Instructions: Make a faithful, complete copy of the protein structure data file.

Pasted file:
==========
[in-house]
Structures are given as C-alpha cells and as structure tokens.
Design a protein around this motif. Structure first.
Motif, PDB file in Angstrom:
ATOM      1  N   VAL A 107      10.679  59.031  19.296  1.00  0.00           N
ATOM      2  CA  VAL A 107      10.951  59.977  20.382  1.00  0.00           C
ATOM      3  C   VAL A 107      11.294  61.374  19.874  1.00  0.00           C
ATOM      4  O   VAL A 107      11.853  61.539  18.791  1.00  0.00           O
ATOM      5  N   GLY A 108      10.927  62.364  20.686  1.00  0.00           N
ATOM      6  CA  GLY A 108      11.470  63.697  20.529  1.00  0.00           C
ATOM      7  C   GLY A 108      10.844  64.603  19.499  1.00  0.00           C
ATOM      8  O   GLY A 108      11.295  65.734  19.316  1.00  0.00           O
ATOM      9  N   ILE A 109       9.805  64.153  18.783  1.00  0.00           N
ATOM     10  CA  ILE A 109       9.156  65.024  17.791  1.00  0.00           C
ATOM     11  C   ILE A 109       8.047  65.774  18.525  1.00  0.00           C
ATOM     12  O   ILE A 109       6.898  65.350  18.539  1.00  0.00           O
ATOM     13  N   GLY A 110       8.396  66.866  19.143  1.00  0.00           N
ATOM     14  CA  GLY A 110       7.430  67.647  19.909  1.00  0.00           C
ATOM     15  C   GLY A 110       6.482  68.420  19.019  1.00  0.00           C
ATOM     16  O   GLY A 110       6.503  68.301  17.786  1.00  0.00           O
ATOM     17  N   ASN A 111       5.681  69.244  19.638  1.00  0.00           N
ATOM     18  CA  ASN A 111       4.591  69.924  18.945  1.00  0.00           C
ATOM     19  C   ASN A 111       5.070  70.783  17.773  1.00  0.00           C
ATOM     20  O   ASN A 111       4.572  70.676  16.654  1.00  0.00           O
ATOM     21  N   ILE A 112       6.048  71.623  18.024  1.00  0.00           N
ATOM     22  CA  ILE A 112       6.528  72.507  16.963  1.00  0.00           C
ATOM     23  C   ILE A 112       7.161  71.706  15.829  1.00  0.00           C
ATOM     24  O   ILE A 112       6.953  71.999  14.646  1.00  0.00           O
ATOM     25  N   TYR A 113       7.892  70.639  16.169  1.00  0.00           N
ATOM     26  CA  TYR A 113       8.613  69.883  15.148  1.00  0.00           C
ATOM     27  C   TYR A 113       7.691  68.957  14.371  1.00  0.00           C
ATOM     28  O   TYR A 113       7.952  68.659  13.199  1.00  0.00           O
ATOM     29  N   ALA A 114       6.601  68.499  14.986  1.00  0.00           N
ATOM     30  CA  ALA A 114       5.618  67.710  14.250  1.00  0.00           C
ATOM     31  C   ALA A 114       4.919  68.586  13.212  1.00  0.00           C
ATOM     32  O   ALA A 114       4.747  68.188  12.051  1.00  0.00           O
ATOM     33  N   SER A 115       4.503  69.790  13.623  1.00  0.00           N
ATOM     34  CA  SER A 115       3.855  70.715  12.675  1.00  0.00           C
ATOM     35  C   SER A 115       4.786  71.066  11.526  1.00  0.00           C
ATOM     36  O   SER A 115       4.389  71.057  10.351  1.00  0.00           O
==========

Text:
[in-house]
Structures are given as C-alpha cells and as structure tokens.
Design a protein around this motif. Structure first.
Motif, PDB file in Angstrom:
ATOM      1  N   VAL A 107      10.679  59.031  19.296  1.00  0.00           N
ATOM      2  CA  VAL A 107      10.951  59.977  20.382  1.00  0.00           C
ATOM      3  C   VAL A 107      11.294  61.374  19.874  1.00  0.00           C
ATOM      4  O   VAL A 107      11.853  61.539  18.791  1.00  0.00           O
ATOM      5  N   GLY A 108      10.927  62.364  20.686  1.00  0.00           N
ATOM      6  CA  GLY A 108      11.470  63.697  20.529  1.00  0.00           C
ATOM      7  C   GLY A 108      10.844  64.603  19.499  1.00  0.00           C
ATOM      8  O   GLY A 108      11.295  65.734  19.316  1.00  0.00           O
ATOM      9  N   ILE A 109       9.805  64.153  18.783  1.00  0.00           N
ATOM     10  CA  ILE A 109       9.156  65.024  17.791  1.00  0.00           C
ATOM     11  C   ILE A 109       8.047  65.774  18.525  1.00  0.00           C
ATOM     12  O   ILE A 109       6.898  65.350  18.539  1.00  0.00           O
ATOM     13  N   GLY A 110       8.396  66.866  19.143  1.00  0.00           N
ATOM     14  CA  GLY A 110       7.430  67.647  19.909  1.00  0.00           C
ATOM     15  C   GLY A 110       6.482  68.420  19.019  1.00  0.00           C
ATOM     16  O   GLY A 110       6.503  68.301  17.786  1.00  0.00           O
ATOM     17  N   ASN A 111       5.681  69.244  19.638  1.00  0.00           N
ATOM     18  CA  ASN A 111       4.591  69.924  18.945  1.00  0.00           C
ATOM     19  C   ASN A 111       5.070  70.783  17.773  1.00  0.00           C
ATOM     20  O   ASN A 111       4.572  70.676  16.654  1.00  0.00           O
ATOM     21  N   ILE A 112       6.048  71.623  18.024  1.00  0.00           N
ATOM     22  CA  ILE A 112       6.528  72.507  16.963  1.00  0.00           C
ATOM     23  C   ILE A 112       7.161  71.706  15.829  1.00  0.00           C
ATOM     24  O   ILE A 112       6.953  71.999  14.646  1.00  0.00           O
ATOM     25  N   TYR A 113       7.892  70.639  16.169  1.00  0.00           N
ATOM     26  CA  TYR A 113       8.613  69.883  15.148  1.00  0.00           C
ATOM     27  C   TYR A 113       7.691  68.957  14.371  1.00  0.00           C
ATOM     28  O   TYR A 113       7.952  68.659  13.199  1.00  0.00           O
ATOM     29  N   ALA A 114       6.601  68.499  14.986  1.00  0.00           N
ATOM     30  CA  ALA A 114       5.618  67.710  14.250  1.00  0.00           C
ATOM     31  C   ALA A 114       4.919  68.586  13.212  1.00  0.00           C
ATOM     32  O   ALA A 114       4.747  68.188  12.051  1.00  0.00           O
ATOM     33  N   SER A 115       4.503  69.790  13.623  1.00  0.00           N
ATOM     34  CA  SER A 115       3.855  70.715  12.675  1.00  0.00           C
ATOM     35  C   SER A 115       4.786  71.066  11.526  1.00  0.00           C
ATOM     36  O   SER A 115       4.389  71.057  10.351  1.00  0.00           O